I haven’t listed quantities here, because you can choose to increase and reduce quantities as per your tastes. I use around 100g of potatoes, one small corn cob, a handful of broccoli (which also usually works out to around a 100g), around two carrots, two sticks of celery, two sticks of asparagus and one whole tomato, or a small handful of cherry tomatoes per serving.
Tomatoes (regular or cherry)
Rosemary (chopped fine)
Thyme (just the leaves)
A whole lot of foil
Butter (optional, non vegan)
One Hour Roasts
Pre-heat oven to 200ºC. Use a roasting pan or tray, because in some cases the foil might leak as air expands inside the parcels.
In a bowl, drizzle and toss the potatoes with olive oil till they’re shiny, and then toss them again with enough rosemary, and a little thyme (rosemary should be the dominant herb in this case) to make sure that every potato has a few bits of rosemary sticking to it. Salt to taste and pepper generously before wrapping it up in a piece of foil. Double the foil in case you’re worried the oil might leak.
Beetroot (not pictured here)
Slice the beetroot into quarters, and then halve the quarters to make eighths. Toss the sliced beetroot in balsamic vinegar and olive oil, and add a clove or two of finely sliced garlic. Salt and pepper to taste, and add a few sprigs of thyme (here you can use whole sprigs). Wrap in foil and bake. You might want to serve this in a soup bowl or slightly deeper dish, as the beet tends to swim in a pool of delicious beetroot juice, olive oil and balsamic, an accidental sauce of sorts.
Carrots and celery
Chop the peeled carrots and celery into inch long pieces. toss with olive oil, salt, pepper, rosemary and thyme till evenly coated and wrap up tight with foil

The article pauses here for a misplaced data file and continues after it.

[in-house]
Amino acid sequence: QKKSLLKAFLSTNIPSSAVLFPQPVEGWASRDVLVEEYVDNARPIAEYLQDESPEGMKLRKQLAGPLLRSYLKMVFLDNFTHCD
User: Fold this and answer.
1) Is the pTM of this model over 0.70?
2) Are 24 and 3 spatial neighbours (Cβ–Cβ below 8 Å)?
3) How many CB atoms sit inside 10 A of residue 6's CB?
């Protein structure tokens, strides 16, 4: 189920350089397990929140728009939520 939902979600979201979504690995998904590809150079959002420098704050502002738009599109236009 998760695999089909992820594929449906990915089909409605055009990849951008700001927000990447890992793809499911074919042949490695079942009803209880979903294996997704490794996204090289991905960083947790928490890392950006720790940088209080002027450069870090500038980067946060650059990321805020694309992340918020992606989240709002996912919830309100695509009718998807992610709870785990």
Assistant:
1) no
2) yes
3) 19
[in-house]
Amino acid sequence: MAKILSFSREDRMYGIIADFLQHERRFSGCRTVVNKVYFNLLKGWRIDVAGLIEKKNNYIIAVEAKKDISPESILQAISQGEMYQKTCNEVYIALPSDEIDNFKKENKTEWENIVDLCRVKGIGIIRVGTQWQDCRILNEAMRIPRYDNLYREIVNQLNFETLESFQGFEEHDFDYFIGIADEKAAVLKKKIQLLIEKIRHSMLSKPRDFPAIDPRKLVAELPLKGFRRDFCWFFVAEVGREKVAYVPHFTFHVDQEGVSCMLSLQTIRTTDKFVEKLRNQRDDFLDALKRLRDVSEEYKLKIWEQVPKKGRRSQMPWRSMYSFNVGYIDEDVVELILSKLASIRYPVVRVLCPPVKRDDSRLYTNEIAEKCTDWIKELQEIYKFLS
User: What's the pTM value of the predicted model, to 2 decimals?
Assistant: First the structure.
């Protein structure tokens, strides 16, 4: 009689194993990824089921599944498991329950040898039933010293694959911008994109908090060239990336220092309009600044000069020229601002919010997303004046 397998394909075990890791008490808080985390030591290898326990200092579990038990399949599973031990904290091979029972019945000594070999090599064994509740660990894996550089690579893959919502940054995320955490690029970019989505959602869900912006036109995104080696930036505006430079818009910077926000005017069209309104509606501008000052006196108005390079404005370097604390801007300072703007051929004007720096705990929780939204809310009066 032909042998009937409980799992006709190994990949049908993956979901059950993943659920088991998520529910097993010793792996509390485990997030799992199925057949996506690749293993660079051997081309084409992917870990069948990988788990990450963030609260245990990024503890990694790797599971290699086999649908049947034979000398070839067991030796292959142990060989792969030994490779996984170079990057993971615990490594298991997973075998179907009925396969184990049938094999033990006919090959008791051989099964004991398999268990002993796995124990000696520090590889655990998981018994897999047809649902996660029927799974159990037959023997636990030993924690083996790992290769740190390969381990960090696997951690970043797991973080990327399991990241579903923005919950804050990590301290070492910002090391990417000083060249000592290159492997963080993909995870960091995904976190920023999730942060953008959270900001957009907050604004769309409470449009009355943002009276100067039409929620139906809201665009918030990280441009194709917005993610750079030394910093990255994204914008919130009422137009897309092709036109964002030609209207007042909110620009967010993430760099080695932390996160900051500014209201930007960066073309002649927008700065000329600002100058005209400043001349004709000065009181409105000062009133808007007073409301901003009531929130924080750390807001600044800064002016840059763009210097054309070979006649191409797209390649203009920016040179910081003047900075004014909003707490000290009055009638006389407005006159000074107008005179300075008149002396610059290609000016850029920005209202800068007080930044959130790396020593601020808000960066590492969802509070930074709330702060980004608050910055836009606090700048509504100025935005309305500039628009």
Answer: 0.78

35 minute roasts
Snap the corn into threes (or halves, in case the cob is small). Sit the corn in a square of foil and drizzle with olive oil. Rub to cover the cob evenly, before drizzling rosemary, thyme, salt and pepper evenly across the surface of the cob. Wrap the foil around it and squeeze to iron out any air pockets.
You can choose to slice a lemon and stick a piece to the circular face of the corn cob before wrapping it in the foil. This infuses the corn with a lemony flavour, though there can be a hint of bitterness to it, because of the excessive heat. Alternatively, you could squeeze some lime over the corn after it roasts.
(Refer to the picture above, you can peel the onion, or choose not to, depending on how confident you are on the health of your onions). Slice the onion ¾ths through to the root in six sections. Slip in a sprig of rosemary with a pat of butter and wrap up with foil.
12 minute roasts
Broccoli and Asparagus
Wash and chop the broccoli into little bite sized florets. Chop the asparagus into two inch pieces. Slice up around two fat cloves of garlic (per serving). Toss with olive oil, salt, pepper, rosemary and thyme and wrap up with foil.
Cherry tomatoes, or regular tomatoes
If you’re using whole tomatoes, slice them in half along their middle, and drizzle the cut face of the tomato with salt, pepper, rosemary, thyme and a little olive oil. Cut a small square of foil, press it to the cut face of the tomato and wrap it whole.
If you’re using cherry tomatoes, just toss them up with olive oil, salt, pepper and rosemary before wrapping them up in a foil parcel.